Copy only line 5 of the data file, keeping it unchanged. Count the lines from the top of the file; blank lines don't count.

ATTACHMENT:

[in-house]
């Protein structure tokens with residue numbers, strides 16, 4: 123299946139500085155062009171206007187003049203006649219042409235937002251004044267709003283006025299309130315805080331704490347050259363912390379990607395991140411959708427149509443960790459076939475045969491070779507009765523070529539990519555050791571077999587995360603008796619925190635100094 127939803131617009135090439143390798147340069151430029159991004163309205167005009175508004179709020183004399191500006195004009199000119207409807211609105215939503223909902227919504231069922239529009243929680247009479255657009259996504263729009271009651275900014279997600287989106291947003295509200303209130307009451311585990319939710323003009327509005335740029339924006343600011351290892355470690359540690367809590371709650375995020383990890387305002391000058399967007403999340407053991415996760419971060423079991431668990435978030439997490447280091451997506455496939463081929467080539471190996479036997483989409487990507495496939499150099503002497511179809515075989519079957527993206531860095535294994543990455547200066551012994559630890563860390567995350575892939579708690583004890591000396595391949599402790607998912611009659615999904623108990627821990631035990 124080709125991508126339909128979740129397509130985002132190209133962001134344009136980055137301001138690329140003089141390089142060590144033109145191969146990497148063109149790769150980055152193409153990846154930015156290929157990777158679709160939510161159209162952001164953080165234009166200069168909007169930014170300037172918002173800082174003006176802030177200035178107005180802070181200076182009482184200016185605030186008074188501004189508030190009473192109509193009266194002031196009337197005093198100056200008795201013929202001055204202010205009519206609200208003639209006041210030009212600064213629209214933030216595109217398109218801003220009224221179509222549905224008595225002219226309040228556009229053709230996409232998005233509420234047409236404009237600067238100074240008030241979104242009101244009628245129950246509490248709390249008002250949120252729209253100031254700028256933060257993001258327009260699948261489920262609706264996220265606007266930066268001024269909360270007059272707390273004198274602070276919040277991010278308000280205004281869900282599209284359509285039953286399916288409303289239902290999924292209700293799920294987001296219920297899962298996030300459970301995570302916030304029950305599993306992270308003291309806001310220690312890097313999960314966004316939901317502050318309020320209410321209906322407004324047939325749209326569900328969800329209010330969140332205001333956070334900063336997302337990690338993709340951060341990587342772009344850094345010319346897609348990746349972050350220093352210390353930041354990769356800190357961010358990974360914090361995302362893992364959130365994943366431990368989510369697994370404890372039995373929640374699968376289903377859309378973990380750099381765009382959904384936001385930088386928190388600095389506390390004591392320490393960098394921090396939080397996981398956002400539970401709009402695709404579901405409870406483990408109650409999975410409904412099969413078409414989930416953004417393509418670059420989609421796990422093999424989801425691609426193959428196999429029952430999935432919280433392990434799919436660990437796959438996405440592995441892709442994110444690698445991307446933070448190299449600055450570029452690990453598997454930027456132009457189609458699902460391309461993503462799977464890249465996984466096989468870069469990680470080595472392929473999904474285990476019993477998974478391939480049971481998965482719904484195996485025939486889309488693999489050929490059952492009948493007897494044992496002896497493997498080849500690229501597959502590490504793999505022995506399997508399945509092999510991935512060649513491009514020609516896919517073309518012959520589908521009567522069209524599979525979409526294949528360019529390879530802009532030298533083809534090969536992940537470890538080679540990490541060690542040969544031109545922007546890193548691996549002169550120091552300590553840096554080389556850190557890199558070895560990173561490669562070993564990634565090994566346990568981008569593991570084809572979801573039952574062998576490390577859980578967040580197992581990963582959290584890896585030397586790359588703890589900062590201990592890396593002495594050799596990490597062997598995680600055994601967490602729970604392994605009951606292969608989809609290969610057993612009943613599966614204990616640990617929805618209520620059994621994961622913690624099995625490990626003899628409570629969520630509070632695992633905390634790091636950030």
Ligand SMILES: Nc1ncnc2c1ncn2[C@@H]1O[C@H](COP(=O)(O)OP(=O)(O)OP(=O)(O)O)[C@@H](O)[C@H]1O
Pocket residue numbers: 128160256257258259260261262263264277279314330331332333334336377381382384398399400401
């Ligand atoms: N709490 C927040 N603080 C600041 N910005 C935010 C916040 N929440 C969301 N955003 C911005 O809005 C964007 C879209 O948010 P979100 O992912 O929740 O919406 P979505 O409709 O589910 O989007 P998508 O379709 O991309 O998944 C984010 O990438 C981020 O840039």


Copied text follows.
């Ligand atoms: N709490 C927040 N603080 C600041 N910005 C935010 C916040 N929440 C969301 N955003 C911005 O809005 C964007 C879209 O948010 P979100 O992912 O929740 O919406 P979505 O409709 O589910 O989007 P998508 O379709 O991309 O998944 C984010 O990438 C981020 O840039």